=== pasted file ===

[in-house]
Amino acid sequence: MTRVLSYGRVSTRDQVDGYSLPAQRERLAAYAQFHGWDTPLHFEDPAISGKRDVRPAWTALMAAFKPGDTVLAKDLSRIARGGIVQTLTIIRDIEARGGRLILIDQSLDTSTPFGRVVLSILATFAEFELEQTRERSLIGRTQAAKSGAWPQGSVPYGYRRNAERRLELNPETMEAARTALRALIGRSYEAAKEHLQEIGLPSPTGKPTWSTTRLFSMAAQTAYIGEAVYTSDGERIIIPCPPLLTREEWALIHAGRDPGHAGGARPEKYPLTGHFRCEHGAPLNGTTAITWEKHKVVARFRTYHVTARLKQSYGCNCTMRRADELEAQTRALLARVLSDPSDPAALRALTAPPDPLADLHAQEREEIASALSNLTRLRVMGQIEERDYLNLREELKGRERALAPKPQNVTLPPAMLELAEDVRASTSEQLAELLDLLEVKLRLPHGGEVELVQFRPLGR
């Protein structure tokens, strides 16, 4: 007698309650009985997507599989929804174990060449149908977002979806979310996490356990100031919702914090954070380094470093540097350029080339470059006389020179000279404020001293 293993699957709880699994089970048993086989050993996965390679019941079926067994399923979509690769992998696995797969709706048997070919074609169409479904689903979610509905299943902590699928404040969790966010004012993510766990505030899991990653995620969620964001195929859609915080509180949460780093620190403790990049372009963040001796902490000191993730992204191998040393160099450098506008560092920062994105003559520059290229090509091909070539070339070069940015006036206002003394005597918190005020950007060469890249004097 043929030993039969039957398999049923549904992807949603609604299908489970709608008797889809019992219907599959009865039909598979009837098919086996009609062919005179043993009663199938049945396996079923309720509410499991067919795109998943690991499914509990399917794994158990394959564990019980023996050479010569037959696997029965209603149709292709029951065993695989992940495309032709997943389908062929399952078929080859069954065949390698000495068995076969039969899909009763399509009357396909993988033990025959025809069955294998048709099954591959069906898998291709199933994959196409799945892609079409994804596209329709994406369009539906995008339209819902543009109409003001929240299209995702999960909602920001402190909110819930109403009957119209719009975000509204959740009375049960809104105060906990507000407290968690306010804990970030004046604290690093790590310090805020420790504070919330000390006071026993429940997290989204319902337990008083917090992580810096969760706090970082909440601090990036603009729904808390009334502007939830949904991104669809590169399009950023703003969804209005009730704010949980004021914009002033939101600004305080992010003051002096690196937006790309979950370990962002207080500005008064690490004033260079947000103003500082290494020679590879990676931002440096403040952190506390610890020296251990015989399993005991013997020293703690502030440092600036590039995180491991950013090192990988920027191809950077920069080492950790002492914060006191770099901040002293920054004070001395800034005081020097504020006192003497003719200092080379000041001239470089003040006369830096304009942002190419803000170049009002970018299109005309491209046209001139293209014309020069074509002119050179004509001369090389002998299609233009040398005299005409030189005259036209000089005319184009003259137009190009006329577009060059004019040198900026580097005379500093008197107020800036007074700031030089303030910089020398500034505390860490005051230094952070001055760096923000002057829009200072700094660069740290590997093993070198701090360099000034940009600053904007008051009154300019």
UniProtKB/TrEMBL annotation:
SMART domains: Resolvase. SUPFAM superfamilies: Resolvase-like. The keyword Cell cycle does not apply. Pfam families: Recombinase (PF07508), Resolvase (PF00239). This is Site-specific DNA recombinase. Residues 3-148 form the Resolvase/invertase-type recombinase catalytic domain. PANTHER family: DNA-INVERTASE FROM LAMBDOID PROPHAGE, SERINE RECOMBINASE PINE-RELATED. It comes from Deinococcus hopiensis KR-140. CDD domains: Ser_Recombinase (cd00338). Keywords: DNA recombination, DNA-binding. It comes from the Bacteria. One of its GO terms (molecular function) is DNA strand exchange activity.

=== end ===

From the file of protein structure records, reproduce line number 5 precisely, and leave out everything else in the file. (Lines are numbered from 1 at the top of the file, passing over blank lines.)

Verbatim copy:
SMART domains: Resolvase. SUPFAM superfamilies: Resolvase-like. The keyword Cell cycle does not apply. Pfam families: Recombinase (PF07508), Resolvase (PF00239). This is Site-specific DNA recombinase. Residues 3-148 form the Resolvase/invertase-type recombinase catalytic domain. PANTHER family: DNA-INVERTASE FROM LAMBDOID PROPHAGE, SERINE RECOMBINASE PINE-RELATED. It comes from Deinococcus hopiensis KR-140. CDD domains: Ser_Recombinase (cd00338). Keywords: DNA recombination, DNA-binding. It comes from the Bacteria. One of its GO terms (molecular function) is DNA strand exchange activity.